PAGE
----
Without a pricing system to tell us about the relative scarcity of these different inputs and outputs, one can't begin to act rationally. The pricing system incorporates the dispersed knowledge of millions of people, which is fed into the economic system via prices that they are prepared to pay for different resources and products. A centrally directed economy lacks this data altogether or makes no use of it. It is a fatal flaw in the socialist or Communist systems. Mikhail Gorbachev, apparently coming to the same conclusion, said, "The market is not an invention of capitalism. It has existed for centuries. It is an invention of civilization."
A competitive financial market is essential to an effective pricing system. It is the nerve center of the economy, the point where information about all investment alternatives comes together and where decisions are made to put resources into some activities and to deny resources to others. If these decisions are rational and objective, society will be wealthier. And with that additional wealth, it will be better equipped to meet social needs. Likewise, if these decisions are poor, capital will be lost. Less capital will be available to invest in the things that make society civilized.
Finance people make the capital markets work by creating and applying valuable information. All things of value contain information — both in their production and in their use. Productive, useful people either create or use information as the essence of what they do — whether they make airplanes or investment decisions.
By "information" I do not mean just data, but data and judgment together that produce better decisions, channeling society's scarce resources to the most productive uses, producing more or better output for the same input. These better decisions create more wealth for society in the form of new, better, or less–costly products and services that address real human needs. In carrying out their function, the finance markets actually add information, new value, and economic growth.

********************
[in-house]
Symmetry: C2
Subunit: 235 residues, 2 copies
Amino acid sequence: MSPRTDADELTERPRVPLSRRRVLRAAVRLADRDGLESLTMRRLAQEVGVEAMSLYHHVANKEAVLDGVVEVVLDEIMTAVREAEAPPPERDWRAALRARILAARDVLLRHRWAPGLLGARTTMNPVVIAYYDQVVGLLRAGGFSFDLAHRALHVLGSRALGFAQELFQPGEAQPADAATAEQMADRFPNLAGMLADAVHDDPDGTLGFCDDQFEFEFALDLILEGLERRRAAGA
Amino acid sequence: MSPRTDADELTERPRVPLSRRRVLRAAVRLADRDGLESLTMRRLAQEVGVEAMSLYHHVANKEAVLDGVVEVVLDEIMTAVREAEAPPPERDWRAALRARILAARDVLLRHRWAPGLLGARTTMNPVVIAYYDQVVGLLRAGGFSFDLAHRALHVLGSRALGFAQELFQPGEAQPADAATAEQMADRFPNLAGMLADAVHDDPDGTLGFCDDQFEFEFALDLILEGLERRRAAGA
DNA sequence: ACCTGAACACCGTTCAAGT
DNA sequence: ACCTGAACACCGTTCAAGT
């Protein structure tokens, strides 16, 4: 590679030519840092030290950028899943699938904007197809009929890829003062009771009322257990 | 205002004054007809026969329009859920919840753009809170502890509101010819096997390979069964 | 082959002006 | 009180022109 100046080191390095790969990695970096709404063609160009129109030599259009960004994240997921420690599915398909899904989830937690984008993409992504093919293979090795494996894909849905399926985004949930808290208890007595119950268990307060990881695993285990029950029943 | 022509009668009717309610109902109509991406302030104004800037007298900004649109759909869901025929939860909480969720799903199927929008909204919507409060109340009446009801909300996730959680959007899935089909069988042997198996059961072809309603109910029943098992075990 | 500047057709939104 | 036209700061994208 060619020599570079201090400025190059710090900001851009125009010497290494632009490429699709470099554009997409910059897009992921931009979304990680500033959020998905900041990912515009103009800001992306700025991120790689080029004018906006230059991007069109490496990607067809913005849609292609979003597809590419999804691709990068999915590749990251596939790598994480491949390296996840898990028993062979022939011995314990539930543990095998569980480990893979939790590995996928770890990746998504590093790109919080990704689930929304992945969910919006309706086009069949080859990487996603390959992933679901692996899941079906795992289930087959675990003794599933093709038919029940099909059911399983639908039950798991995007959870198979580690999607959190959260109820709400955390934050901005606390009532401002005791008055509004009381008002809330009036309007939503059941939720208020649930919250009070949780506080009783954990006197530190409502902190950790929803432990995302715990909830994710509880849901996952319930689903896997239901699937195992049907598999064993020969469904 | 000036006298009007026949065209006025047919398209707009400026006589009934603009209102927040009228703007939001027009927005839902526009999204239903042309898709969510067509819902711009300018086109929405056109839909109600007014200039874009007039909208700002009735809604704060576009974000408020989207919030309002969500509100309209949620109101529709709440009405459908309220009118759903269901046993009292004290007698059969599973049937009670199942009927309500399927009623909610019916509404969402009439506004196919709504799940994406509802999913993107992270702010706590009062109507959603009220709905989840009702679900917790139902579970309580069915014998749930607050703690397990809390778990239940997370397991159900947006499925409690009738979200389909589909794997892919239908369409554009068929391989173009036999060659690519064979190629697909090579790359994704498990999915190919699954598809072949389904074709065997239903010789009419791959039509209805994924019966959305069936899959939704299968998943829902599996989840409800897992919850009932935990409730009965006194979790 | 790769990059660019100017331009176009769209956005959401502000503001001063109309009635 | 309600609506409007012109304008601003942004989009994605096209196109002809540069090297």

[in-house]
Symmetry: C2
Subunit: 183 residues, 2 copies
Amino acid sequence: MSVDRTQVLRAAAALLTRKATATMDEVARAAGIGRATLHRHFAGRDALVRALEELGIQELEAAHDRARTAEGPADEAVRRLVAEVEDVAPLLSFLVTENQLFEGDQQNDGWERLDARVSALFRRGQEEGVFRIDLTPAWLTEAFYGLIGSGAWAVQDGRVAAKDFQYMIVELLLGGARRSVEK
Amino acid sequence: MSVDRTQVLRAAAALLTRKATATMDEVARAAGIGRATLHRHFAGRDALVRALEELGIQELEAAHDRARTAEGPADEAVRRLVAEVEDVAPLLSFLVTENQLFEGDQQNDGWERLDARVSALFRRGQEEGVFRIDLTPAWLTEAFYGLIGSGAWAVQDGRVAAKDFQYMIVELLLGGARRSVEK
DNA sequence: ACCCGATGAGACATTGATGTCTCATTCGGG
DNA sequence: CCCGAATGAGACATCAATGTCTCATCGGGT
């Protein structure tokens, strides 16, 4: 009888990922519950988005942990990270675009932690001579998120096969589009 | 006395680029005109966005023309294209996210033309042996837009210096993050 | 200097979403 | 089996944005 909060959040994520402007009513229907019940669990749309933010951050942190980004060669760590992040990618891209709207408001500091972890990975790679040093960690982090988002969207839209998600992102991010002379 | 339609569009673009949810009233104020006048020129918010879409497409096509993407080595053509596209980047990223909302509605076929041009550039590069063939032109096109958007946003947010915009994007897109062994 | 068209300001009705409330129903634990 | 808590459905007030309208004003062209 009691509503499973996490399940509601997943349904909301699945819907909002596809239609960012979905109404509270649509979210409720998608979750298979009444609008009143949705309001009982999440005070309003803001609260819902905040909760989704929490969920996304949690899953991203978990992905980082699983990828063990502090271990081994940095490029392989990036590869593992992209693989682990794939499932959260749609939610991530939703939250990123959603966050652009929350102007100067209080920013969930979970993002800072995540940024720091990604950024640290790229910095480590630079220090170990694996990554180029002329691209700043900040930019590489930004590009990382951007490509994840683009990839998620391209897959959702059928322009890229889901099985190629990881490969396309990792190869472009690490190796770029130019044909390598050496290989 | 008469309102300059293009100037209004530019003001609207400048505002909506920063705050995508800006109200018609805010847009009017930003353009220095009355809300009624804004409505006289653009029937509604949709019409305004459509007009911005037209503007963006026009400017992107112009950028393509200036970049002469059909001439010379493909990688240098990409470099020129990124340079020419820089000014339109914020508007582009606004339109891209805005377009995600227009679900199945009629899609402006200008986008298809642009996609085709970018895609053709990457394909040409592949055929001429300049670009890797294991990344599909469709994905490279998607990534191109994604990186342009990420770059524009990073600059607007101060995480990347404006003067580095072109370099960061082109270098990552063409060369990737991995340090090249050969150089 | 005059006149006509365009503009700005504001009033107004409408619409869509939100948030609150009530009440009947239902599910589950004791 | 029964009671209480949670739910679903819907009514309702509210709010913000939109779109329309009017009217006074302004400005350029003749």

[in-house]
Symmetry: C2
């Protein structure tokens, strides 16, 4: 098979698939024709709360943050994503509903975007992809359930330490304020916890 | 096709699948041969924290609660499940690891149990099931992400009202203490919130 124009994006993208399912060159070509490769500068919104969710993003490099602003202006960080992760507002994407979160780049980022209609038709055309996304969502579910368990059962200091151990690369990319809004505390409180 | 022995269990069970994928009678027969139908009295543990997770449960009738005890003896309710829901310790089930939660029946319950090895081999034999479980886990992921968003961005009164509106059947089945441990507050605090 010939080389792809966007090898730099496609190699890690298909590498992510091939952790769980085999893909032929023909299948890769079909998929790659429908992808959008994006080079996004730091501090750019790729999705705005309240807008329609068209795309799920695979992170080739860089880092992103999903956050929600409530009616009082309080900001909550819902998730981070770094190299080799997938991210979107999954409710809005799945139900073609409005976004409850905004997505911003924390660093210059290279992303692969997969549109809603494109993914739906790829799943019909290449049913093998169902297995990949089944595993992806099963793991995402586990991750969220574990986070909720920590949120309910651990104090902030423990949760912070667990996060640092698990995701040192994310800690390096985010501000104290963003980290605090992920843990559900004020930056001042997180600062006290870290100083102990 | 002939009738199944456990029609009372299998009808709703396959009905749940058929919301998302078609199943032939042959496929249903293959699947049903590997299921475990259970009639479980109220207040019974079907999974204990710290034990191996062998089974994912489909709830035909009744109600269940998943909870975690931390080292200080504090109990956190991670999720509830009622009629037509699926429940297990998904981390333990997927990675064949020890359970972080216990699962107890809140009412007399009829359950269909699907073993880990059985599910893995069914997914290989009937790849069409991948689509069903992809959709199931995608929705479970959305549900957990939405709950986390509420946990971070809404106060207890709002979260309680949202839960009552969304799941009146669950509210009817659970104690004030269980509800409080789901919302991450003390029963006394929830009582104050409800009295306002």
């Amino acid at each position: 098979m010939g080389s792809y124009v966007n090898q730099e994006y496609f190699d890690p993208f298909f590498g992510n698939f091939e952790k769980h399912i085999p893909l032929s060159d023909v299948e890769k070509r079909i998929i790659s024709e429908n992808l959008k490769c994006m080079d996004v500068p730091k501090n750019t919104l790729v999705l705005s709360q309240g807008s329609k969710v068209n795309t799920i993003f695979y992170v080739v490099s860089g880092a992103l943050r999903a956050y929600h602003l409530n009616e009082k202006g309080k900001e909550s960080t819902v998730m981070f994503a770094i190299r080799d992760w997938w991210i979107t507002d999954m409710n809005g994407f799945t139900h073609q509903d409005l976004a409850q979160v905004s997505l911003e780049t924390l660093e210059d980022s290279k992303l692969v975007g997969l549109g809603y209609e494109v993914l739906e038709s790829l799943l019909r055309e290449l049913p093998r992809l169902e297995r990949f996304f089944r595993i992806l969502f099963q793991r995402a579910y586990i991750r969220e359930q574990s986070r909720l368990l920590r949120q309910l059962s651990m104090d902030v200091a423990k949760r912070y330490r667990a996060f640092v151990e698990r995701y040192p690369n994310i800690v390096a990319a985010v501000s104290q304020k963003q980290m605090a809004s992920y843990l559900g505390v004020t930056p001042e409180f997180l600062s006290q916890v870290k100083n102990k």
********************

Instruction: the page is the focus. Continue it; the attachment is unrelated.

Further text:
The contribution of finance people is essentially similar to that of other builders in a productive economy — including doctors, inventors, designers, engineers, research scientists, production managers, teachers, general managers, and others — creating and using information to make important decisions that create new wealth. The finance role requires skill and creativity, and it is an absolutely necessary precursor to the production of goods and services. Finance people are specialists in knowing where investable capital can be found, knowing how much it costs, and evaluating the risks of prospective investments.
This is vital information, since it provides an objective standard that effectively compares all prospective investments in the economy to each other and identifies which should be undertaken and which should not.
Equally important, finance people can lower the hurdle rates for investments, allowing more worthwhile projects to be undertaken. They do this by actively making markets in financial assets; by efficiently diversifying and transforming risks for issuers and investors; by efficiently finding and matching suppliers and users of funds; by giving expert advice on financial alternatives; and by lowering transaction costs, or "frictions," in the financial system.
By performing these functions well, finance people can produce more investable capital at lower cost. Investors have higher confidence that risks are objectively evaluated and fairly priced and that there is sufficient market liquidity to allow them to sell their investments if the situation demands it. Higher investor confidence translates into more capital supplied at lower cost. More capital supplied at lower cost means more projects can be financed and more wealth created over time.
In the process, finance people are sometimes resented because they have to say "no" to ill–conceived or less–productive investments. But saying "no" is a valuable public service, requiring independence, fortitude, and intelligence for which there are often no thanks. These character traits may not bring popularity, but they command respect by preventing the loss of capital, the fuel for wealth creation.
As in any other private sector activity, finance people who make too many poor decisions are eventually weeded out, and those who usually make good decisions find there is more demand for their services. Wisdom, foresight, and skill are essential. These are human attributes that are irreplaceable.
To summarize: The private sector is the engine of wealth creation essential to a civilized society because it employs three essential factors: (1) The private sector relies on human nature as it actually exists, not as it might be. In the process, human capital is developed. (2) The private sector employs financial capital (wealth) because their approach that has the capacity to recreate itself. (3) The private sector relies on the pricing system as the determinant of relative value.